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Wood Library...

..Ash
..Balsa
..Basswood
..Birch
..Bloodwood
..Bubinga
..Butternut
..Cherry
..Cocobolo Wood
..Eastern White Pine
..Gaboon Ebony
..Hickory Wood
..Jatoba
..Lacewood
..Longleaf Pine
..Macassar Ebony
..Maple
..Mesquite
..Pau Amarello
..Purpleheart
..Red Oak
..Snakewood
..Spanish Cedar
..Walnut
..Wenge
..Western Red Cedar
..Zebrawood

..The Tree
..Spalted Wood
..Wood Toxicity

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All About Wood...


For wood lovers like us, there is no such thing as too much information. It is a compulsion to learn, play and share the knowledge as our means to enjoy our woodworking craft.

For you newbies, I have added a few notes on each type of wood, as I get a chance to either use it or do some research. I do extend a big thanks to all of my customers that have shared their knowledge and experiences to create this wood and woodworking knowledge base.

A few notes:

The Tree Species: Tree researchers are finding out new things everyday about the genetic makeup and family lineage of woody species so don't be surprised if you find contradictions on the Internet... some of the best in the industry belong to the association listed above so if it is important to "get it right", talk to the experts.

Tree Usage: This is kind of a moving target these days. If you look at traditional usage of a particular species say even 10 years ago, I'd guarantee that it has changed... every day new exotic woods are arriving from far away places and supplanting traditional North American species... do your homework and make sure that what it is that you are thinking about using is infact appropriate to your application.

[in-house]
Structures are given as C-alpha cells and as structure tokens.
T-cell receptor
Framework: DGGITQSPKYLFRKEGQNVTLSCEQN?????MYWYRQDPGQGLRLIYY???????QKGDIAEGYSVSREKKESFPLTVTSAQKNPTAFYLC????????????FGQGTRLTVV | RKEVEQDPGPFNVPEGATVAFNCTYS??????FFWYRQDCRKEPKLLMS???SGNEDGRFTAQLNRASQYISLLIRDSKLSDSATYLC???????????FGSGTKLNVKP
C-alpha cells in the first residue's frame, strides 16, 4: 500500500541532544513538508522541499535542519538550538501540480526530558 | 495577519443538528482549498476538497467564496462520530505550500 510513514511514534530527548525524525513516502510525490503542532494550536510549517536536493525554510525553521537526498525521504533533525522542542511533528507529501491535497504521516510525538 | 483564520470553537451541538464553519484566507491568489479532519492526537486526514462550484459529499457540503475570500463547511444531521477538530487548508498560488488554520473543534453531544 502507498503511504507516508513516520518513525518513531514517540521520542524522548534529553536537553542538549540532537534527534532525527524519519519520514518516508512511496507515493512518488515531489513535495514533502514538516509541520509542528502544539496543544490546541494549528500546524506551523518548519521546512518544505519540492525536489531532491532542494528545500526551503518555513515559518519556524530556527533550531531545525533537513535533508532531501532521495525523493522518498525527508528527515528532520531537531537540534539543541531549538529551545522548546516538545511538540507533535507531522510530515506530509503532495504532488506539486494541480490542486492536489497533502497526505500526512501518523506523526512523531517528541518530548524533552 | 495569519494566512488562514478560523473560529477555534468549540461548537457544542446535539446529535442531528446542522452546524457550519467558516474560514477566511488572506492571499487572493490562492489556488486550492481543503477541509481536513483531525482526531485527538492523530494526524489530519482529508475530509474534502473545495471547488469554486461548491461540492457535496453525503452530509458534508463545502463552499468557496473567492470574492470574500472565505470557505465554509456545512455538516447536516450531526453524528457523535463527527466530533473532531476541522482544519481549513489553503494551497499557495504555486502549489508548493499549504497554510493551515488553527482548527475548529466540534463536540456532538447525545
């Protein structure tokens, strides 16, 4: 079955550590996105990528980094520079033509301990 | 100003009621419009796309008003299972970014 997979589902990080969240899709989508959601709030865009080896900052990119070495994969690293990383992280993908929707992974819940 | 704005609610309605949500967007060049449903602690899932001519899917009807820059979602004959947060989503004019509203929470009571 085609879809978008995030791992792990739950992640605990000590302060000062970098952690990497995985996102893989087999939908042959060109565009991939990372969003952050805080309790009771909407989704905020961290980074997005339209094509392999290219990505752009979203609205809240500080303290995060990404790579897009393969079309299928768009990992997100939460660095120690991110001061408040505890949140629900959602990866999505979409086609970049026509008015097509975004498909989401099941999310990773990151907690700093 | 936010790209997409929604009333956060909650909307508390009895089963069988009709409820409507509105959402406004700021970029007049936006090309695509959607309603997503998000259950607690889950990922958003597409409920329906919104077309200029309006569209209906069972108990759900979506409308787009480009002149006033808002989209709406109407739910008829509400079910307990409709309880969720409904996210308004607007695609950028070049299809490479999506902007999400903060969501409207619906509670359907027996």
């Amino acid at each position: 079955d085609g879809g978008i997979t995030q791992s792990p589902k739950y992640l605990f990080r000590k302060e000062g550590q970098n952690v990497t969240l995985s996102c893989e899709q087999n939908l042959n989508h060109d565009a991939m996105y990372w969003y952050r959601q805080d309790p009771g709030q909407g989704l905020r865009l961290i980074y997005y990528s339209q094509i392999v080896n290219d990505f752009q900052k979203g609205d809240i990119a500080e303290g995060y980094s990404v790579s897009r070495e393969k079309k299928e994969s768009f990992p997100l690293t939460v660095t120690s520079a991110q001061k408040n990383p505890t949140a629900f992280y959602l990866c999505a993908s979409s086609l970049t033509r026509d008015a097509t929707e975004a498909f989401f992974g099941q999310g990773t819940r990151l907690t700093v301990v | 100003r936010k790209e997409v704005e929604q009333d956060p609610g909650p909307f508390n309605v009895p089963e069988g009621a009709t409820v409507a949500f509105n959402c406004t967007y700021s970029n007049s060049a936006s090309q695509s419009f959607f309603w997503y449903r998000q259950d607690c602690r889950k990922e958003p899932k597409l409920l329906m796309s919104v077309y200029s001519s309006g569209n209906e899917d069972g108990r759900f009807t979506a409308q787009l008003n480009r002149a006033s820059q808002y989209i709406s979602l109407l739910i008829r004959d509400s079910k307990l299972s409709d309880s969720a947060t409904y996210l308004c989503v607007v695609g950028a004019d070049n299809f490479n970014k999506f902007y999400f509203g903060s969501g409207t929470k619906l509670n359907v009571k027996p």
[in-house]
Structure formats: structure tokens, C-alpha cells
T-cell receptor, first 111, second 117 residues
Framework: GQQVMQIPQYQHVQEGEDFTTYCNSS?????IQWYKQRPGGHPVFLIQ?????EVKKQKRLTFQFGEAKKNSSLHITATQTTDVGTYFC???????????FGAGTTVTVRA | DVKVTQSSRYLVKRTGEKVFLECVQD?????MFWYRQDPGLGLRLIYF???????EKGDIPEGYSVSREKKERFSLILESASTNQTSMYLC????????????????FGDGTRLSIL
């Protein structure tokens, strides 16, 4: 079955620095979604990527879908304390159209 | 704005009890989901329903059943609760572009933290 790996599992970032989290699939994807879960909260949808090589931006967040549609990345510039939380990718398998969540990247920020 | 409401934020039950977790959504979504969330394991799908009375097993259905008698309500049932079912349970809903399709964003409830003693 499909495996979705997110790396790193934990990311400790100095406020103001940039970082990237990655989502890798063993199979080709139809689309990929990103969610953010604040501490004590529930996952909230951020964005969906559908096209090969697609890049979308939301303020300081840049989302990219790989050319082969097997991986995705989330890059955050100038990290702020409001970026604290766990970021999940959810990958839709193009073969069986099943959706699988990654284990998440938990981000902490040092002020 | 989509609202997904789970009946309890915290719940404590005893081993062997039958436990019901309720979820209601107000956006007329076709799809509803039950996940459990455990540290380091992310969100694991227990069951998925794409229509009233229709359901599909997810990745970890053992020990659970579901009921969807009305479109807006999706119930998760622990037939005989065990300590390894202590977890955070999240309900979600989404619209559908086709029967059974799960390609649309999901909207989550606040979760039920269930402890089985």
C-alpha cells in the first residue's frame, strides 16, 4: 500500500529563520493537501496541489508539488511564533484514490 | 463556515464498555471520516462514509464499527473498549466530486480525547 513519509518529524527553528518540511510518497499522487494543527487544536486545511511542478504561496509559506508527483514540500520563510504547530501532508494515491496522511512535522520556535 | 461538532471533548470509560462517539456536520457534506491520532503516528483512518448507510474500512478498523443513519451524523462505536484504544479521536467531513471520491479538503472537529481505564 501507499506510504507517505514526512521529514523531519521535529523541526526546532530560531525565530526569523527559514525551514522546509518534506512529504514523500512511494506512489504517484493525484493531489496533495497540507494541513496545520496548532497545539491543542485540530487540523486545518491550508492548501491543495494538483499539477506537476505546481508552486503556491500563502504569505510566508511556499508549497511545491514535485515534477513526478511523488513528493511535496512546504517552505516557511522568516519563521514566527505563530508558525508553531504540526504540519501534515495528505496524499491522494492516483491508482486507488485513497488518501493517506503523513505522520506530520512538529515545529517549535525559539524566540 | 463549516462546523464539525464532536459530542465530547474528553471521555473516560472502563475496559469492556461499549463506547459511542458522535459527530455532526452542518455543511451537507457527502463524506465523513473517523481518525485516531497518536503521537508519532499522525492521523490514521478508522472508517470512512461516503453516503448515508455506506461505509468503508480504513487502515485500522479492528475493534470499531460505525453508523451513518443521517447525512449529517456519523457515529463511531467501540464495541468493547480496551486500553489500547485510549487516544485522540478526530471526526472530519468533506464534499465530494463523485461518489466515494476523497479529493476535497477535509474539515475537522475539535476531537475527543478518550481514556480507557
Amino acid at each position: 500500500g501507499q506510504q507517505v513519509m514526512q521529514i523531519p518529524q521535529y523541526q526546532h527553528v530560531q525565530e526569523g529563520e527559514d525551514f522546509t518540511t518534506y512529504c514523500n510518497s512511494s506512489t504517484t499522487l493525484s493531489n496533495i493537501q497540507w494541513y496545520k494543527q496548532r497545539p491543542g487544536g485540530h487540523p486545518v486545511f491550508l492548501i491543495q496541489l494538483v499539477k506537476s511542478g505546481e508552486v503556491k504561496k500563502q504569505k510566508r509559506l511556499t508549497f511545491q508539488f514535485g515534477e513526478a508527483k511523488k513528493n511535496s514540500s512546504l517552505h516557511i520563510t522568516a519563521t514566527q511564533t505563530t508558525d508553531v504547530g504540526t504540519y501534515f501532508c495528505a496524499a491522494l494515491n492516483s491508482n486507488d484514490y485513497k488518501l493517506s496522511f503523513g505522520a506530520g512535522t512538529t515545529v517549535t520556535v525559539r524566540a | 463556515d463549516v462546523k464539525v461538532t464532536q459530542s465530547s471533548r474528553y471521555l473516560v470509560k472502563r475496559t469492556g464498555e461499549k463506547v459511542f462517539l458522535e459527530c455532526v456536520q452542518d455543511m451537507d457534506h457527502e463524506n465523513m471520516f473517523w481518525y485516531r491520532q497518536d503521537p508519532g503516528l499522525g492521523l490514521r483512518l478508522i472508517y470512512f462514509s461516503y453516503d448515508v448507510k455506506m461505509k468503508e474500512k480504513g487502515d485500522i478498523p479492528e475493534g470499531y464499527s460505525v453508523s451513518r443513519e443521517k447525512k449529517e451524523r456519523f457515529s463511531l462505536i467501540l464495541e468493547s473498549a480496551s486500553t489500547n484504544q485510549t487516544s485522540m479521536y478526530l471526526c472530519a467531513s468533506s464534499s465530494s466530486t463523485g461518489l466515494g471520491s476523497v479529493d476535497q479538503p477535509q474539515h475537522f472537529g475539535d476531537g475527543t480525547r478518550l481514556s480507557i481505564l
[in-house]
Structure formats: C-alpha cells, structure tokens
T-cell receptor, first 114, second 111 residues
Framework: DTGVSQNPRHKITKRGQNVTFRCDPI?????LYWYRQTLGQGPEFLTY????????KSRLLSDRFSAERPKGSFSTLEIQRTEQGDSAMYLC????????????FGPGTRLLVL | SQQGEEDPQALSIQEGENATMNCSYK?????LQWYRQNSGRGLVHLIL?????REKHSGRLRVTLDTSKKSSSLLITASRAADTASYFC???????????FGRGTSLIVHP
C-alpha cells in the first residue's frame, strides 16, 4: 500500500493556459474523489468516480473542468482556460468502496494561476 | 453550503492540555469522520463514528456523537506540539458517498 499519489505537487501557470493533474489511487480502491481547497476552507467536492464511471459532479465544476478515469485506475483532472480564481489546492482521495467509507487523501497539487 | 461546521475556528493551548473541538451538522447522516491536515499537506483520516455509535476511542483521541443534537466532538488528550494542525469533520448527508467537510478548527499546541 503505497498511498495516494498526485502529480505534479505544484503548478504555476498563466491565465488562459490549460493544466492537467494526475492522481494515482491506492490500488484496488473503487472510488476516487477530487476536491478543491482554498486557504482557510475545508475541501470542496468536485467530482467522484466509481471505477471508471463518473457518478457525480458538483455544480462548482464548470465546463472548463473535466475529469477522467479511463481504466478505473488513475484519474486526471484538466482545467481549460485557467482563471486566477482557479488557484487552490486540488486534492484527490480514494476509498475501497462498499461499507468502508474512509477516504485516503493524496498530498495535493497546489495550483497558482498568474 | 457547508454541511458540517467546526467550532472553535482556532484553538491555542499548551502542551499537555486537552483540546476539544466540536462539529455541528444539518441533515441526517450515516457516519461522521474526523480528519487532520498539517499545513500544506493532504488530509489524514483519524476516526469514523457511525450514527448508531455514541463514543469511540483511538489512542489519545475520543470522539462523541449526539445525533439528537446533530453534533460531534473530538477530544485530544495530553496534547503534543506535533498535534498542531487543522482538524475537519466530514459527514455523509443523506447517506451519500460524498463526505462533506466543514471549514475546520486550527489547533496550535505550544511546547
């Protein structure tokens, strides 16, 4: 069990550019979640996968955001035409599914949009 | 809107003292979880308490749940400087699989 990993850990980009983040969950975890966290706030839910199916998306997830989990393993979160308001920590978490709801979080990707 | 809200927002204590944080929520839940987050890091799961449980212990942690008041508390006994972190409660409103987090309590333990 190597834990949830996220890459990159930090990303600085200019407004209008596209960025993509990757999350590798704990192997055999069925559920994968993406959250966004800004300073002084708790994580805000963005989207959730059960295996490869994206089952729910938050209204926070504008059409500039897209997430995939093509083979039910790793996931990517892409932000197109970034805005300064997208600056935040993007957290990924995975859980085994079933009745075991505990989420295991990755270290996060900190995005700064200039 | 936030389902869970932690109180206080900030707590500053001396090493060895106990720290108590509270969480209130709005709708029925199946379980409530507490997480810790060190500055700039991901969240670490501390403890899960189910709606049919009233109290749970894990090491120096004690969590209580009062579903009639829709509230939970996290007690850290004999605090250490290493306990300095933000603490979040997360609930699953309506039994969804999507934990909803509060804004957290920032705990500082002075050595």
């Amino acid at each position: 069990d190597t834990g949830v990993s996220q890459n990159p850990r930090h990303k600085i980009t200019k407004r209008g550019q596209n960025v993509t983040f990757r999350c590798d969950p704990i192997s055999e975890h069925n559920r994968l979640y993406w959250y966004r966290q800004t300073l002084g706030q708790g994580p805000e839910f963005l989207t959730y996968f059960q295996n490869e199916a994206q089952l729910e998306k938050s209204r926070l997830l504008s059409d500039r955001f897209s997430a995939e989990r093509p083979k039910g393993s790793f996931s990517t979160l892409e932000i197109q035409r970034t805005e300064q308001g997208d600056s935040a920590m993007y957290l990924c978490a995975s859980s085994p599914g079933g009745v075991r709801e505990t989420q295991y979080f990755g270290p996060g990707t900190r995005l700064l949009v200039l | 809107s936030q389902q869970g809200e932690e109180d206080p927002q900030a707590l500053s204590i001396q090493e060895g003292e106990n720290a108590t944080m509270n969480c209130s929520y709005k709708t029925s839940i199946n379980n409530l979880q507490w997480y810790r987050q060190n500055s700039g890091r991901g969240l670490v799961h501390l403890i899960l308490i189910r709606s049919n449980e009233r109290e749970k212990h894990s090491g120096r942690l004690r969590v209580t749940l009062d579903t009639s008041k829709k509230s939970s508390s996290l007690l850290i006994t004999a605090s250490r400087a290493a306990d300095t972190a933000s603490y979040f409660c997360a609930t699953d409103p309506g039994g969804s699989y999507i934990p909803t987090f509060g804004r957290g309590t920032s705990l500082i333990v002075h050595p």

Weight: keep in mind that density can vary dramatically same species to same species, just based on geographical location and orientation within the forest... trees grow faster on the outskirts and slower in a dense forest, creating trees of different weights just based on where they are located. Numbers given are only mean as an approximation.

Machining: One man's (woman's) "easy" is another man's difficulty so use these suggestions only as a guideline.. Only buy a little of a particular species until you are sure that this is a wood you will enjoy playing with.

Toxicity? Always wear a mask and don't take chances.. Alot of woods that are of relatively limited distribution have never been analyzed for toxins, AND never will be unless they become mainstream. And even if they all were analyzed I still couldn't guarantee their safe usage. Everyone has different sensitivities so be your own judge.

Have fun in your shop and be safe!

Your may want to check out an organization I belong to:

The International Wood Collectors Association

 

 

 


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theWoodbox.com Jan 2007